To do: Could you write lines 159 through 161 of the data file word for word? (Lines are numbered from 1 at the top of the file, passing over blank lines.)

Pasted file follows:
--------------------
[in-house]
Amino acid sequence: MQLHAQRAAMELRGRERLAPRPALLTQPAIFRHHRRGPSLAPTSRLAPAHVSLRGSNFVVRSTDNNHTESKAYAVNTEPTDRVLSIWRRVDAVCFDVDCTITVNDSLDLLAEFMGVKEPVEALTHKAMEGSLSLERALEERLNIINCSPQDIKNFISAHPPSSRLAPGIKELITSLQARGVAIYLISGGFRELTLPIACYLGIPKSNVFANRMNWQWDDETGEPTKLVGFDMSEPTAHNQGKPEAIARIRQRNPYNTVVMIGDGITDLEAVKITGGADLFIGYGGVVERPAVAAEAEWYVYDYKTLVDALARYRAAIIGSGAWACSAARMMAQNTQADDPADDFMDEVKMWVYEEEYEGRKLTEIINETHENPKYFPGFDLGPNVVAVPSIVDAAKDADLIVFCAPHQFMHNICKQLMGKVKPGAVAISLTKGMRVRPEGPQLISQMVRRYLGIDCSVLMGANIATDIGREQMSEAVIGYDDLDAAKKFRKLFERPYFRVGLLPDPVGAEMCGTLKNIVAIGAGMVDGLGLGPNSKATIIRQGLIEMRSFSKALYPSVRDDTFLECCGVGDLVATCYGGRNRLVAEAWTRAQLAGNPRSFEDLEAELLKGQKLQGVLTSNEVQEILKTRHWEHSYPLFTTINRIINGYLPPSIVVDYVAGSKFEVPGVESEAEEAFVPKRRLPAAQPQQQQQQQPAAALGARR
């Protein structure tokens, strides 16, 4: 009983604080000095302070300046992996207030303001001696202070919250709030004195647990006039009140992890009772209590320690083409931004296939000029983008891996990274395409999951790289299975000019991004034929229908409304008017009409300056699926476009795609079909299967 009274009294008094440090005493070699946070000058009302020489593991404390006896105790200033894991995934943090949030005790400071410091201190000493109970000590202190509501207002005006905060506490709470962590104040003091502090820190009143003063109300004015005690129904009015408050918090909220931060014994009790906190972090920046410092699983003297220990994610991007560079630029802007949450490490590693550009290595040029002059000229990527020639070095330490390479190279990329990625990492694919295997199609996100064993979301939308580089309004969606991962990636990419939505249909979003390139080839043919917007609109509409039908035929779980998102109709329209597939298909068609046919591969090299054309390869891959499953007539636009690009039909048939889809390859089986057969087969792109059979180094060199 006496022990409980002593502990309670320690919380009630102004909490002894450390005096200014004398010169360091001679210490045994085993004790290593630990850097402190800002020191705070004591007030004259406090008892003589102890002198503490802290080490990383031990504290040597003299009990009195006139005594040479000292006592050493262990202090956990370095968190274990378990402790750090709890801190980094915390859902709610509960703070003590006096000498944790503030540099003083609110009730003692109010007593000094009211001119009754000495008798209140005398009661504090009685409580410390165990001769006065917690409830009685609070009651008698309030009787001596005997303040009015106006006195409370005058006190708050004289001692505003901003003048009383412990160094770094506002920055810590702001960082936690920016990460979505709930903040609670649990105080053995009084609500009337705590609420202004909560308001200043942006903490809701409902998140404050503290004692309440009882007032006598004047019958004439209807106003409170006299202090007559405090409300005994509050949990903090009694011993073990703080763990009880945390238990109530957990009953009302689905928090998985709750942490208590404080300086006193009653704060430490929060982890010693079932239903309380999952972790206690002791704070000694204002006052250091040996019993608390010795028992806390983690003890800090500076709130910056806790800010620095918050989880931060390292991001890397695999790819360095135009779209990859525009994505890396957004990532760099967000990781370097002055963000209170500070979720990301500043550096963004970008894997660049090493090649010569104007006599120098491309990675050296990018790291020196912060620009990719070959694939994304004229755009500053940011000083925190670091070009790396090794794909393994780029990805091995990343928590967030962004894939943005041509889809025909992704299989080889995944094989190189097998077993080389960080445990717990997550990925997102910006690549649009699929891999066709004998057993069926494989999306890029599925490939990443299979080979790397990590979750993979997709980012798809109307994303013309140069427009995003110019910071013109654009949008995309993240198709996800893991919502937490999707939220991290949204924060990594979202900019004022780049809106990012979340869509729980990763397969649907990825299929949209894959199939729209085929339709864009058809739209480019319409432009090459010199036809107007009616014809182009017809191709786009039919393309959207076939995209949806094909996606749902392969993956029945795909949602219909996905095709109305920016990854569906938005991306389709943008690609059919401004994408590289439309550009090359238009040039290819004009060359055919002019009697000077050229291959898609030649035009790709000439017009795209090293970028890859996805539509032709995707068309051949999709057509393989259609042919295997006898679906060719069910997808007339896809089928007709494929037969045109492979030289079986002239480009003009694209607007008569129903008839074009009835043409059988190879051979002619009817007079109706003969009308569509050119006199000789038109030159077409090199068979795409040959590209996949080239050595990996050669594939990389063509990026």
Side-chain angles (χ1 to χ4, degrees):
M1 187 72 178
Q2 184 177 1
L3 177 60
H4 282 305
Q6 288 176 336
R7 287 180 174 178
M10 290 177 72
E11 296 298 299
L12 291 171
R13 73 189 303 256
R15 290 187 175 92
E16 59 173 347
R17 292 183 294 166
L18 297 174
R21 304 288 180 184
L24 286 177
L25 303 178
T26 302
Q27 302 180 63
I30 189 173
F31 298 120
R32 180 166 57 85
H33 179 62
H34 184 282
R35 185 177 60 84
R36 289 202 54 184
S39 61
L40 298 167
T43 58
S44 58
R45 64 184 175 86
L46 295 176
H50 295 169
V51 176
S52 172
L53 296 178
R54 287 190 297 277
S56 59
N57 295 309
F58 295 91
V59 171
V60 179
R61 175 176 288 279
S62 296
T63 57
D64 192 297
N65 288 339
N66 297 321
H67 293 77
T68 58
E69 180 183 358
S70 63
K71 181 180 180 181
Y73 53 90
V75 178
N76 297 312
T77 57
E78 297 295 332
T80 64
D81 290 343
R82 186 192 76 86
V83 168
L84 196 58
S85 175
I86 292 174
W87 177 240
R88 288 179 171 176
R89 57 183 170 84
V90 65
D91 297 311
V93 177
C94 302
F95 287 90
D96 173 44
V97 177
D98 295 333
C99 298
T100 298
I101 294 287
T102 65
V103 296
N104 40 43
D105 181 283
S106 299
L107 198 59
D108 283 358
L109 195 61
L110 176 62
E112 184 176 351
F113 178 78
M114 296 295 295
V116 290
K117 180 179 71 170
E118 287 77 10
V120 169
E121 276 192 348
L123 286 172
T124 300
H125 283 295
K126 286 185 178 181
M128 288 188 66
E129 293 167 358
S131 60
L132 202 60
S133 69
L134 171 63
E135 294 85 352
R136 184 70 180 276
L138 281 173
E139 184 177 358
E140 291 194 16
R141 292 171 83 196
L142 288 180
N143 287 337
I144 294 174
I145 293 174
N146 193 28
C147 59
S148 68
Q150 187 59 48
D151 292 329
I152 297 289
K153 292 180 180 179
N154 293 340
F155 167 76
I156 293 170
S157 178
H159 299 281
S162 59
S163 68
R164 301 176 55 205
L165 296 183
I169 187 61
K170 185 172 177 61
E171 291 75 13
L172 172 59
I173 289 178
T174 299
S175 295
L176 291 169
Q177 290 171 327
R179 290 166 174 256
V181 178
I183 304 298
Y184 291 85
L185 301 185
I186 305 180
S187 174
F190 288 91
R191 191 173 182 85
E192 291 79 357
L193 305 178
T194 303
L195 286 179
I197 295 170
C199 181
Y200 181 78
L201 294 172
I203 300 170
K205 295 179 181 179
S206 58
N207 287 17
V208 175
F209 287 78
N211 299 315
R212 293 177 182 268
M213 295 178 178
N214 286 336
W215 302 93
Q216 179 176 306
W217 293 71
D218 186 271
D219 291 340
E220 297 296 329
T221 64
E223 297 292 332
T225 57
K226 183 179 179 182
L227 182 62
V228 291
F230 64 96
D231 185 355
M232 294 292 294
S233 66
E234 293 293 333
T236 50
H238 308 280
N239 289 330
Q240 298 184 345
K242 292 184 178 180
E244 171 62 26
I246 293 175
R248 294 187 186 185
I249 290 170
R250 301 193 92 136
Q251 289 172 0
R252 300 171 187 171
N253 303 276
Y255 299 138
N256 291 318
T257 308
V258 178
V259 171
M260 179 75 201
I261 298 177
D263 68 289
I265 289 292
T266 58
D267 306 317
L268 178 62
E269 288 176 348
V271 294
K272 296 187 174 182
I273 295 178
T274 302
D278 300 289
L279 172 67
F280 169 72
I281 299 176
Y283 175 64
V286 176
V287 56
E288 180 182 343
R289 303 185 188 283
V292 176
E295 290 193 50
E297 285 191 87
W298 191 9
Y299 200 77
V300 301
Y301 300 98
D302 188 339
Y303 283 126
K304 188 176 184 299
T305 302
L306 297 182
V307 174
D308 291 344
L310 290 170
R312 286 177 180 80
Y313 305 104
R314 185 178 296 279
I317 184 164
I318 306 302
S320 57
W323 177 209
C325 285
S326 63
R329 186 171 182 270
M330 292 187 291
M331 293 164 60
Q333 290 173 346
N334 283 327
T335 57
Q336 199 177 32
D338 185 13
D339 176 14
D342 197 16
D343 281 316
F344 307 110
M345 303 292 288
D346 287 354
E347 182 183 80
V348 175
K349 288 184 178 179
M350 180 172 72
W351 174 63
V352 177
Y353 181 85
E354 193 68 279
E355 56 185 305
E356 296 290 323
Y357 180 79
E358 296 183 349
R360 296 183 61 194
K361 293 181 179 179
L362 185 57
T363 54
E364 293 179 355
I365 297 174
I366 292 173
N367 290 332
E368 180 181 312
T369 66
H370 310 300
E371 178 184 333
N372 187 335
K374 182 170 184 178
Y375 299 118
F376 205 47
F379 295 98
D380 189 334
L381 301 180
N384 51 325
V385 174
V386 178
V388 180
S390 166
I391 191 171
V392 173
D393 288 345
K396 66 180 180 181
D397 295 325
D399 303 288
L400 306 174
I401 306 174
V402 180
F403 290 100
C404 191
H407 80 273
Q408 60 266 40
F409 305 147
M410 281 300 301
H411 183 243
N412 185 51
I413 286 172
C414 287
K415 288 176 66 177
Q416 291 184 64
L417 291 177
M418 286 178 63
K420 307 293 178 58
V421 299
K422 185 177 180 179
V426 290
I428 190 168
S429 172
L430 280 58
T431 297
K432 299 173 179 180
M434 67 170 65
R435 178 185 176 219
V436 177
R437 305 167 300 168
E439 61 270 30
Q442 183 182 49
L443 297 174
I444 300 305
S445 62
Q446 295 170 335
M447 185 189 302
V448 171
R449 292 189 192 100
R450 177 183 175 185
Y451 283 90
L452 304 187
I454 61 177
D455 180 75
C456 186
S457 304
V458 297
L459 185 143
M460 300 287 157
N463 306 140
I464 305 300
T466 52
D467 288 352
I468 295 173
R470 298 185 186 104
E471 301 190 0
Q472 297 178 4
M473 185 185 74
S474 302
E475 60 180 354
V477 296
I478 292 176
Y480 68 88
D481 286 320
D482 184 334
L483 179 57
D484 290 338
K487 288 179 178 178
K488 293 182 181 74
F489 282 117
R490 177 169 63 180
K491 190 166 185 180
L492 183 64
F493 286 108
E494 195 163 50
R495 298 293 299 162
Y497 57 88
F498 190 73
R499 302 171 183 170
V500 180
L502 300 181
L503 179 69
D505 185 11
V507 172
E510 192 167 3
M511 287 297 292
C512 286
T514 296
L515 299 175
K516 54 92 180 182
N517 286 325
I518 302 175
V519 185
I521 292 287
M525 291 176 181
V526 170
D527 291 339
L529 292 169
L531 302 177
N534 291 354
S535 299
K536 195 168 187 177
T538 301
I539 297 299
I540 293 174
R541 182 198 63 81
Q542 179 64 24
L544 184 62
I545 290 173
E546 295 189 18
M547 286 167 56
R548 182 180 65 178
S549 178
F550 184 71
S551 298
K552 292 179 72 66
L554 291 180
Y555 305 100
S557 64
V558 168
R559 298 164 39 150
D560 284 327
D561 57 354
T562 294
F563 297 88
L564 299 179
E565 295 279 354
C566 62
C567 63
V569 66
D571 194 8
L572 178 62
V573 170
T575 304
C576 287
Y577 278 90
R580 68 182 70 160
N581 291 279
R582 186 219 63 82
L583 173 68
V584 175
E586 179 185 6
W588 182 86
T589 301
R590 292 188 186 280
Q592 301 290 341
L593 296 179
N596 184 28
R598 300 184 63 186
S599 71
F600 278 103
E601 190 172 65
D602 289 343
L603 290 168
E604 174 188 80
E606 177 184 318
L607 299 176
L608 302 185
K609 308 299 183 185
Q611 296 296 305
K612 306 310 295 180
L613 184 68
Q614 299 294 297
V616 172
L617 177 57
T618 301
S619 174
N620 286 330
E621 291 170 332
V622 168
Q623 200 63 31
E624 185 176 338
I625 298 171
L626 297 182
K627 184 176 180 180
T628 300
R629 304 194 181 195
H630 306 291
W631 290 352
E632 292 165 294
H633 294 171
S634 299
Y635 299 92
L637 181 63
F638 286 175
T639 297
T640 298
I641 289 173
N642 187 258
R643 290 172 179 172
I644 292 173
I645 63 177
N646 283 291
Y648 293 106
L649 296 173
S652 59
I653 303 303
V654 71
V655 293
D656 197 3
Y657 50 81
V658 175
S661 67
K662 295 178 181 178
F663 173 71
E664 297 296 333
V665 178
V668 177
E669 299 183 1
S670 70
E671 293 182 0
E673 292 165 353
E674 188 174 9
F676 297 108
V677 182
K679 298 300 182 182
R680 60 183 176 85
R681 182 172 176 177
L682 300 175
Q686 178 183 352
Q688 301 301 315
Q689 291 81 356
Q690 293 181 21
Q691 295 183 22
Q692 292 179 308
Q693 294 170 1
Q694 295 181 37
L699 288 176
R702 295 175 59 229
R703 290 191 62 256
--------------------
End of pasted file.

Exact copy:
I197 295 170
C199 181
Y200 181 78